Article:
On the 8th Day…..

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God created chiles…..  I have a theory that Mexicans are happy and cheerful because when your body feels the pain of Capsicum, (the ingredient that makes chiles hot) it starts producing endorphins to combat the pain , which then brings about a feeling of euphoria.

Columbus brought back a few chiles and seeds from the Caribean but Cortes brought back a greater variety. Ninety per cent of the Worlds chiles started in Mexico. Upon reacing the Old World they were an instant success, Hybridization started immediately, Hungarian Paprika, Curry from India, Tabasco Sauce from Louisiana, Bell Peppers in the USA, and many Chinese and Asian dishes have a link to Mexicos Past.

During the Mexican – American War a young soldier from Louisiana stuffed a handful of red chiles in his pocket and took them home with him. This was the beginning of McIlhennys Tabasco Sauce Company a must have ingredient of Bloody Marys.

On the Average a Mexican will consume 15 pounds of fresh chiles and two pounds of dry chiles each year.

 My favorite Chile is the Chipotle, which in Nahuatl Indian language means “smoked chile”, a Chipotle is a Jalapeño that has been smoked and dried..

Poblano Chiles, which look like an elongated Bell Pepper, are used for the famous Pueblan Dish “Chiles en Nogada”or Stuffed chiles with Walnut cream sauce.   The Chile is roasted over open flames till its charred, then all the skin, seeds and veins are removed to make it mild. It is then stuffed with meats, pears apples, nuts, raisins and other fruits. then covered with walnut cream, pomegranate seeds and parsley leaves so it will have the colors of the flag. It was first prepared by Nuns in Puebla to celebrate a visit from the Emperor Iturbide.

When a Poblano chile is dried it becomes an Ancho Chile.

Chiles are rich in vitamin C, A & E and the lesser known vitamin P. It contains properties that help your skin, helps your heart and prevents many health problems. Chiles from the tropics are more pungent than from other places. Mexico produces 500 thousand tons of fresh chiles and 60 thousand tons of dry chiles annualy. So for a healthier happier life…Eat Chile Sauces.

Biologists say that there is one undeniable benefit  that Chiles offer, a benefit that increases fitness of those who eat chiles on a regular basis and consume chile powder, sauces and fresh pods and that is chiles reduce the voracity of microbes hiding in the food we eat and limit their capacity to poison us. So Bon Apetit !!!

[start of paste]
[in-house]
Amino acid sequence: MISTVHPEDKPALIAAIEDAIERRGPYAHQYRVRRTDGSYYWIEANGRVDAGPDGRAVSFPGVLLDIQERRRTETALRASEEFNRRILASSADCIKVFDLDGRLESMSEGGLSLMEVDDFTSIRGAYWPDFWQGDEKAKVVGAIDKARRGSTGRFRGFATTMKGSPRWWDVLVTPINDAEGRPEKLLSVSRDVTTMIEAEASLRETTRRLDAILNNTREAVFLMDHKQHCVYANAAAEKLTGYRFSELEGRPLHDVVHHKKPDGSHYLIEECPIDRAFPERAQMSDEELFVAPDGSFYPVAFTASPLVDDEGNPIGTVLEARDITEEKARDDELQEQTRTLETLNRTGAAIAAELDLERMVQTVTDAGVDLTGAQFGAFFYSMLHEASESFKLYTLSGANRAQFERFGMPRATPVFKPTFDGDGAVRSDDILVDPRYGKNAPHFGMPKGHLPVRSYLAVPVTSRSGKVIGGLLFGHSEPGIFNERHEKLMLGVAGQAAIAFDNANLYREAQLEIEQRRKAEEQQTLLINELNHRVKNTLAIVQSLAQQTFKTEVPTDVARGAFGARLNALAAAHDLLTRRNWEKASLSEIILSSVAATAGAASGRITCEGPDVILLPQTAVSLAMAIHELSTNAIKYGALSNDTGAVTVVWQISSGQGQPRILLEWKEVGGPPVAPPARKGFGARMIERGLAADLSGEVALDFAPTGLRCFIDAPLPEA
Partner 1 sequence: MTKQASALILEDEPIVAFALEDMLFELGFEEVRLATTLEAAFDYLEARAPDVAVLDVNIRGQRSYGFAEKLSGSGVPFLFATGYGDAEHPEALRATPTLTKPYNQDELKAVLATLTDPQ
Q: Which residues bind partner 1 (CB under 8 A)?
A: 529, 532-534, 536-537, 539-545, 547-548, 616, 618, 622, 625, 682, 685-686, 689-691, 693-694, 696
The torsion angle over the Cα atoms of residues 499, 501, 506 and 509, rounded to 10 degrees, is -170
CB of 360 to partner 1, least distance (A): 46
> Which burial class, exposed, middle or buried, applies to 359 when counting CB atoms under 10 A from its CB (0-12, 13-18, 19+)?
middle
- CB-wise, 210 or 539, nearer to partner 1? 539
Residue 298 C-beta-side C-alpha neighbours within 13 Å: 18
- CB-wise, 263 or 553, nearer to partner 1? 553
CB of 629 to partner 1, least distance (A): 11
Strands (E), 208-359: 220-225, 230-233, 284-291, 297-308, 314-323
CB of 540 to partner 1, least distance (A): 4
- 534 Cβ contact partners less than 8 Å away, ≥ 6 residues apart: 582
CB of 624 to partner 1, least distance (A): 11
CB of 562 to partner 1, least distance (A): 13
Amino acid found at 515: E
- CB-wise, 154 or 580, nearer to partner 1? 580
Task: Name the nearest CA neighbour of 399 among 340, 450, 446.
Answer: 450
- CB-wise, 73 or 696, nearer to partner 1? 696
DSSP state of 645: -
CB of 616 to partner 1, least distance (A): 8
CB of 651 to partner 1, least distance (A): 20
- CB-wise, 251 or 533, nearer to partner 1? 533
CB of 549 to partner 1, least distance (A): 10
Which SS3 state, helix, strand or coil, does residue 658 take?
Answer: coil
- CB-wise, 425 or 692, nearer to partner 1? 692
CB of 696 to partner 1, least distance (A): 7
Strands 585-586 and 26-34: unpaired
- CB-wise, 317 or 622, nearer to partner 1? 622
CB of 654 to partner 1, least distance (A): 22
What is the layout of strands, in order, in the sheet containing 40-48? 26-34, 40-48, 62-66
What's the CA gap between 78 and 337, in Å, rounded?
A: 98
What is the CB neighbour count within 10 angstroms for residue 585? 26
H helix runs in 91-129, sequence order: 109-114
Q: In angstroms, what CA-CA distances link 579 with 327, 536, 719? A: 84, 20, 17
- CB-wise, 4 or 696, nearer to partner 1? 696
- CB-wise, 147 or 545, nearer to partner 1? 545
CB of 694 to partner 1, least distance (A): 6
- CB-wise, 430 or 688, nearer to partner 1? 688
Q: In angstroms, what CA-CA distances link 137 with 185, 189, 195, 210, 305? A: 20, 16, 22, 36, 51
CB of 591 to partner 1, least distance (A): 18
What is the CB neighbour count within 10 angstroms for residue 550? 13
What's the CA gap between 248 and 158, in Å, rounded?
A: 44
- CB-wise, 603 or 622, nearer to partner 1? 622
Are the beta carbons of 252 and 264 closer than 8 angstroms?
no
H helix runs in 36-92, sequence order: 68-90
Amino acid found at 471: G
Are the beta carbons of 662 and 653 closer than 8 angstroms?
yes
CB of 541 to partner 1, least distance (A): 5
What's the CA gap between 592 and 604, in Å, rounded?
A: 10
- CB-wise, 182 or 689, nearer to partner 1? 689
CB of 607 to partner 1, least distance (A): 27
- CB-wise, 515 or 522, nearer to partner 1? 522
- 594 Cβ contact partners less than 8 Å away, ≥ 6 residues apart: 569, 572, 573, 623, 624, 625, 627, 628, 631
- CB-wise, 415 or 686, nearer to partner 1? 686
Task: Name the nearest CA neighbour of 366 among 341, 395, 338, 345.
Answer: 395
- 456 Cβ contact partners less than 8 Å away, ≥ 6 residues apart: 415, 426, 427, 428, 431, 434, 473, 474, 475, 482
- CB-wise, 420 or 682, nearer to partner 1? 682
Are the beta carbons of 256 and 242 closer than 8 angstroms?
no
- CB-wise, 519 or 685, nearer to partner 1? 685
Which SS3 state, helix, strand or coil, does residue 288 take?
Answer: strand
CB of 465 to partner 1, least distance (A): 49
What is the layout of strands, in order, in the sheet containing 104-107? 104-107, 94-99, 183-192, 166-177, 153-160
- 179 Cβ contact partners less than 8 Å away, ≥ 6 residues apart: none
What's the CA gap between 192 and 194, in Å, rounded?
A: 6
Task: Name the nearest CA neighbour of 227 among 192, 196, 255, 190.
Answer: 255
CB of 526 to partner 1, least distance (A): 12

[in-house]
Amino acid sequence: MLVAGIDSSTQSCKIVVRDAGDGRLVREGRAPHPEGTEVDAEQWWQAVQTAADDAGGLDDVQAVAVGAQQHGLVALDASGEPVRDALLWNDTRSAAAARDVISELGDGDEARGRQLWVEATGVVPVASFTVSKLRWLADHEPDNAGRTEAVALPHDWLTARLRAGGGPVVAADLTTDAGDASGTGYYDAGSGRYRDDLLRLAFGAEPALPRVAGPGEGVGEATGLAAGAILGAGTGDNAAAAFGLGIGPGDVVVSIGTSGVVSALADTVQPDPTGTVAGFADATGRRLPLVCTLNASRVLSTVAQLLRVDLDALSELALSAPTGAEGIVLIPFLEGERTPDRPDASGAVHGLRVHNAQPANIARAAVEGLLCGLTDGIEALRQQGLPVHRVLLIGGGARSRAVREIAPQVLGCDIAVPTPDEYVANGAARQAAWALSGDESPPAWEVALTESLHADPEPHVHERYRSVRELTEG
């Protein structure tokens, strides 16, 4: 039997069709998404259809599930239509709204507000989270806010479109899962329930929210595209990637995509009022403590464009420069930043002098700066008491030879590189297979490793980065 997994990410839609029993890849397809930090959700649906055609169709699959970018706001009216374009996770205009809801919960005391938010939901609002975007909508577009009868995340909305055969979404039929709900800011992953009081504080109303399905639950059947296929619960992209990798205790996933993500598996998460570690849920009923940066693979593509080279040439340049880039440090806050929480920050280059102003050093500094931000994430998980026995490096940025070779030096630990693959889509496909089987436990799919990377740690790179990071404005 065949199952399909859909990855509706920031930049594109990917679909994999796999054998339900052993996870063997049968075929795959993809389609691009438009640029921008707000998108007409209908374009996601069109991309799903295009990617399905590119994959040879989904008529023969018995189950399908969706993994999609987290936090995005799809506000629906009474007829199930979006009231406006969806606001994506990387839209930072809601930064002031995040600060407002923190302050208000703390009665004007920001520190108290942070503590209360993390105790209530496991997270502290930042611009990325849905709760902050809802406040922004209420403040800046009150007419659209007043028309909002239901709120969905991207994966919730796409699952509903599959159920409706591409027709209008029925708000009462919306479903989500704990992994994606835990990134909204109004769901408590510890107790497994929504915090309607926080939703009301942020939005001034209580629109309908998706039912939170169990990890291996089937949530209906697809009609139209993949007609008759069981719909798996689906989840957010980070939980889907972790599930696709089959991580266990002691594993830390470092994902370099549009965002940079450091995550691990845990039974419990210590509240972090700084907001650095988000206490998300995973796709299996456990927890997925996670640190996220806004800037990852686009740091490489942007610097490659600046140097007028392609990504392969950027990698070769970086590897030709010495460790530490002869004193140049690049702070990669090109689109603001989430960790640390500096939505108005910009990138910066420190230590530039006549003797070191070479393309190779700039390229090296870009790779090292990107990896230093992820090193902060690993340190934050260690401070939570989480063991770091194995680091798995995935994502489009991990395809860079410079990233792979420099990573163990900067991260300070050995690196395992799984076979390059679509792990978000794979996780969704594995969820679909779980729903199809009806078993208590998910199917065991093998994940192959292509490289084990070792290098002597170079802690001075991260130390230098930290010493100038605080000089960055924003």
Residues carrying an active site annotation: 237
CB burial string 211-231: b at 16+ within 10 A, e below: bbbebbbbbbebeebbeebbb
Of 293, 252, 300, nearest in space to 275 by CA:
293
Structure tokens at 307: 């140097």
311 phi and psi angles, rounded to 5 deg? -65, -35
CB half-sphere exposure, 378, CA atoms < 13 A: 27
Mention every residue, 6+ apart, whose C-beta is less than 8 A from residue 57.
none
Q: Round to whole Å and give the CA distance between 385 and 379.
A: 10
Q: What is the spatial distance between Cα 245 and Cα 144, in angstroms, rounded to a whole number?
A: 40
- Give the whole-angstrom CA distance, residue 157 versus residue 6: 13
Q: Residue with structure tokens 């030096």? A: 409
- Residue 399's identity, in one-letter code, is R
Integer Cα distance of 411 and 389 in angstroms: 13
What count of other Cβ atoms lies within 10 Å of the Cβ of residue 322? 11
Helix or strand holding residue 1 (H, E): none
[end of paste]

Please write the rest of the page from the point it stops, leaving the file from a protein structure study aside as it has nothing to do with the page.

heres my recipe for  VIVA ZAPATA SAUCE

10 jalapeños….   1 clove of garlic

1 small onion…. salt to taste…. juice of 3 limes..

blend everything at high speed except the lime juice.    then add lime juice and mix by hand… salt to taste if you like it milder deseed the jalapeños.

To see more photos go to this link…

and read this articleñ

3 responses »

  1. Informative and enjoyable post, Bob. Thanks.

    When I taught environmental science in the Louisiana town where Tabasco Sauce is made, a former chemist for the Tabasco company taught chemistry in the classroom next to me.

    From her I learned a few useful things about peppers, Tabascos, in particular, that a green tabasco pepper is hotter than a red tabasco pepper. I believe she said that a younger, still developing pepper contained less moisture than a mature red one, thus the capsacin was more concentrated in the green ones. Also, that the membrane to which pepper seeds are attached is the hottest part of the pepper. She also explained about the measure of heat intensity of peppers, the Scoville unit. It shows in the fine print of your pepper graphic.

    When I was a child, there were pepper eating contests in south Louisiana. From what I recall, the fresh peppers that were consumed were either cayennes or tabascos, both grown locally. The winner was the person who consumed the most raw peppers, seeds, membranes, the whole pepper, in a specific time limit. Consumption of beverages or any food items was prohibited during the competition.

    My grandmother was sometimes a contestant in these competitions. I don’t know if she ever won, but her love of peppers was evident in much of her cooking, which was delicious and usually very picante I suspect some of her Spanish (Canary Islands & Malaga) heritage played a role in her love of peppers, and maybe mine. Gracias, Abuelita.

    PS In St. Martinville, Lousiana, which is a small town not far from the McIlhenny Tabasco Factory, there is an annual “Pepper Festival”, and it is not about bell peppers!

  2. My fave is still chipotle, just enough kick and does not send you for a loaf of bread. Love it made into a cream sauce, serve over fish, chicken, pasta or salads. Yum…
    cafepress.com/vallartaguide

  3. Very good information that tied bits and pieces I knew of the poblano and jalepeno together, and now I get it! I’m so happy that I can eat these peppers…even if it’s in very small quantities. :-D

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